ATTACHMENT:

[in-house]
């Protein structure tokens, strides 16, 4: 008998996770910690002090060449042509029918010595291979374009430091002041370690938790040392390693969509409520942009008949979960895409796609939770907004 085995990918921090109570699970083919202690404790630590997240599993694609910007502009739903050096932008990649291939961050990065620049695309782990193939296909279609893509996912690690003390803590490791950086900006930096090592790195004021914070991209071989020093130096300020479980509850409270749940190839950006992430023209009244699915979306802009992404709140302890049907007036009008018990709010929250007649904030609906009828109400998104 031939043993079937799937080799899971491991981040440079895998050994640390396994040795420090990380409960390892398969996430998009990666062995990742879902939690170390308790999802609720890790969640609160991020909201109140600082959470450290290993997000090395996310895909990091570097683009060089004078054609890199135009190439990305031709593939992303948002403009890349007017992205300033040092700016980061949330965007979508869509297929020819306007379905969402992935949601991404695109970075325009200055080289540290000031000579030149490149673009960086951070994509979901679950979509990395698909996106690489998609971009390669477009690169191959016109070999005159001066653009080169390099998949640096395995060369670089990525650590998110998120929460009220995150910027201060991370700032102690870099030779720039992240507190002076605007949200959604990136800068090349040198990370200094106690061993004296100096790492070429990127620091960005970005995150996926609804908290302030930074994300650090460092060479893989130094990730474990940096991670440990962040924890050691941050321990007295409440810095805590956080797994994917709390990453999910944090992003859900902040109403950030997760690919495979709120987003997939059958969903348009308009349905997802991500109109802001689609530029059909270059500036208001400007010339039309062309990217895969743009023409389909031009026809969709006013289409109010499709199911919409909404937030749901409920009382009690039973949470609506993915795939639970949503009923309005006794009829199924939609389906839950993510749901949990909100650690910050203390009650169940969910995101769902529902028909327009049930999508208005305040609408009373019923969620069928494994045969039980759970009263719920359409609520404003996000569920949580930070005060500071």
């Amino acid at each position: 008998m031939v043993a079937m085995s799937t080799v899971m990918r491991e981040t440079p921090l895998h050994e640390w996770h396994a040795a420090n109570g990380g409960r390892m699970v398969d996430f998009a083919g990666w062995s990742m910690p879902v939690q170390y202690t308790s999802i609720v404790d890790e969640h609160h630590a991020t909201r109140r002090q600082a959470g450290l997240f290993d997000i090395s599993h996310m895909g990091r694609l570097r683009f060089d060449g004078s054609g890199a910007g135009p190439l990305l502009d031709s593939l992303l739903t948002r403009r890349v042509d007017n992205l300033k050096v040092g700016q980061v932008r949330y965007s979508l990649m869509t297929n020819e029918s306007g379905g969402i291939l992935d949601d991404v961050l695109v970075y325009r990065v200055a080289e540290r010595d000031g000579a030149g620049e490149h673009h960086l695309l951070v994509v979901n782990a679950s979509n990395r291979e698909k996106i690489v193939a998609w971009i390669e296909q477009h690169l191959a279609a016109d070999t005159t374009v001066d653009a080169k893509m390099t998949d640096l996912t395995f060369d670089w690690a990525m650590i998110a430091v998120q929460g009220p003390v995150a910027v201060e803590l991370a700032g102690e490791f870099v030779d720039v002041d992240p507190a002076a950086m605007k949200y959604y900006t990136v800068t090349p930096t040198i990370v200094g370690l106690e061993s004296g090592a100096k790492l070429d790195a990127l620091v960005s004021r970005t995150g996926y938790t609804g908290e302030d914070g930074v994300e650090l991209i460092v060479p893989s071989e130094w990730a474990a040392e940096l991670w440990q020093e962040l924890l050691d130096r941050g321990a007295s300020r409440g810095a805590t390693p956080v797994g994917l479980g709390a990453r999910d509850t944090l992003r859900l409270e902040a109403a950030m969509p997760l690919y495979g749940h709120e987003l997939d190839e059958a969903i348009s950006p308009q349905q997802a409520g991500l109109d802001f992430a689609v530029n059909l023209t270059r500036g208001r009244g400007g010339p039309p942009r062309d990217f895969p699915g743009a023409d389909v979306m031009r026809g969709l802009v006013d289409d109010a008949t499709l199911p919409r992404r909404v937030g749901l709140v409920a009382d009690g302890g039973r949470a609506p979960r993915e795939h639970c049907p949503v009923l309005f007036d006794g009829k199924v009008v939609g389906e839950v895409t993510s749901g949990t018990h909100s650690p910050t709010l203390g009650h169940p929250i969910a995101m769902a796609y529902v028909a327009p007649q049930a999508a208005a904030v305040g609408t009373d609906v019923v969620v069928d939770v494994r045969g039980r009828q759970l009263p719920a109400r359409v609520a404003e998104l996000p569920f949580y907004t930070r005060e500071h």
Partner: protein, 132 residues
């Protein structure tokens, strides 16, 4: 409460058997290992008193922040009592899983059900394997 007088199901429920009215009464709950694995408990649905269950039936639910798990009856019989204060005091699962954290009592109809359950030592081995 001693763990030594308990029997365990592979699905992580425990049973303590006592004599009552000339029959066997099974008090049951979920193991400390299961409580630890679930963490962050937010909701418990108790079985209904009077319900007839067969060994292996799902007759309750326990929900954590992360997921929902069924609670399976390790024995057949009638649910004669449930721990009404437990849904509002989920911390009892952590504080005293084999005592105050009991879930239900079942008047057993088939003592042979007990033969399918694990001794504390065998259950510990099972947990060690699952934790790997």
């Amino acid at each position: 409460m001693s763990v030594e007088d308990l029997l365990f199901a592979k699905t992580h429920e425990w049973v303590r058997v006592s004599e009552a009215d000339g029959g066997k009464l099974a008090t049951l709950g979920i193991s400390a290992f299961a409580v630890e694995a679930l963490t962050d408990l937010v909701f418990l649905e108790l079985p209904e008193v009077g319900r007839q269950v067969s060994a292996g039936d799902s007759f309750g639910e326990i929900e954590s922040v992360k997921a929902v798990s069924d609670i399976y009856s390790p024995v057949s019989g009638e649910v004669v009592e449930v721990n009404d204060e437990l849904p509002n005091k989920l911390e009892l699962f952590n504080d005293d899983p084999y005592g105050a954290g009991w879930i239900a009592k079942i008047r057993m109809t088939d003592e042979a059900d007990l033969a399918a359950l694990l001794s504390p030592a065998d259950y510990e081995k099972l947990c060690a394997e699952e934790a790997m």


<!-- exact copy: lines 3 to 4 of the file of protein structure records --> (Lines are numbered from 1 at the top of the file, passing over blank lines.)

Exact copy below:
């Amino acid at each position: 008998m031939v043993a079937m085995s799937t080799v899971m990918r491991e981040t440079p921090l895998h050994e640390w996770h396994a040795a420090n109570g990380g409960r390892m699970v398969d996430f998009a083919g990666w062995s990742m910690p879902v939690q170390y202690t308790s999802i609720v404790d890790e969640h609160h630590a991020t909201r109140r002090q600082a959470g450290l997240f290993d997000i090395s599993h996310m895909g990091r694609l570097r683009f060089d060449g004078s054609g890199a910007g135009p190439l990305l502009d031709s593939l992303l739903t948002r403009r890349v042509d007017n992205l300033k050096v040092g700016q980061v932008r949330y965007s979508l990649m869509t297929n020819e029918s306007g379905g969402i291939l992935d949601d991404v961050l695109v970075y325009r990065v200055a080289e540290r010595d000031g000579a030149g620049e490149h673009h960086l695309l951070v994509v979901n782990a679950s979509n990395r291979e698909k996106i690489v193939a998609w971009i390669e296909q477009h690169l191959a279609a016109d070999t005159t374009v001066d653009a080169k893509m390099t998949d640096l996912t395995f060369d670089w690690a990525m650590i998110a430091v998120q929460g009220p003390v995150a910027v201060e803590l991370a700032g102690e490791f870099v030779d720039v002041d992240p507190a002076a950086m605007k949200y959604y900006t990136v800068t090349p930096t040198i990370v200094g370690l106690e061993s004296g090592a100096k790492l070429d790195a990127l620091v960005s004021r970005t995150g996926y938790t609804g908290e302030d914070g930074v994300e650090l991209i460092v060479p893989s071989e130094w990730a474990a040392e940096l991670w440990q020093e962040l924890l050691d130096r941050g321990a007295s300020r409440g810095a805590t390693p956080v797994g994917l479980g709390a990453r999910d509850t944090l992003r859900l409270e902040a109403a950030m969509p997760l690919y495979g749940h709120e987003l997939d190839e059958a969903i348009s950006p308009q349905q997802a409520g991500l109109d802001f992430a689609v530029n059909l023209t270059r500036g208001r009244g400007g010339p039309p942009r062309d990217f895969p699915g743009a023409d389909v979306m031009r026809g969709l802009v006013d289409d109010a008949t499709l199911p919409r992404r909404v937030g749901l709140v409920a009382d009690g302890g039973r949470a609506p979960r993915e795939h639970c049907p949503v009923l309005f007036d006794g009829k199924v009008v939609g389906e839950v895409t993510s749901g949990t018990h909100s650690p910050t709010l203390g009650h169940p929250i969910a995101m769902a796609y529902v028909a327009p007649q049930a999508a208005a904030v305040g609408t009373d609906v019923v969620v069928d939770v494994r045969g039980r009828q759970l009263p719920a109400r359409v609520a404003e998104l996000p569920f949580y907004t930070r005060e500071h």
Partner: protein, 132 residues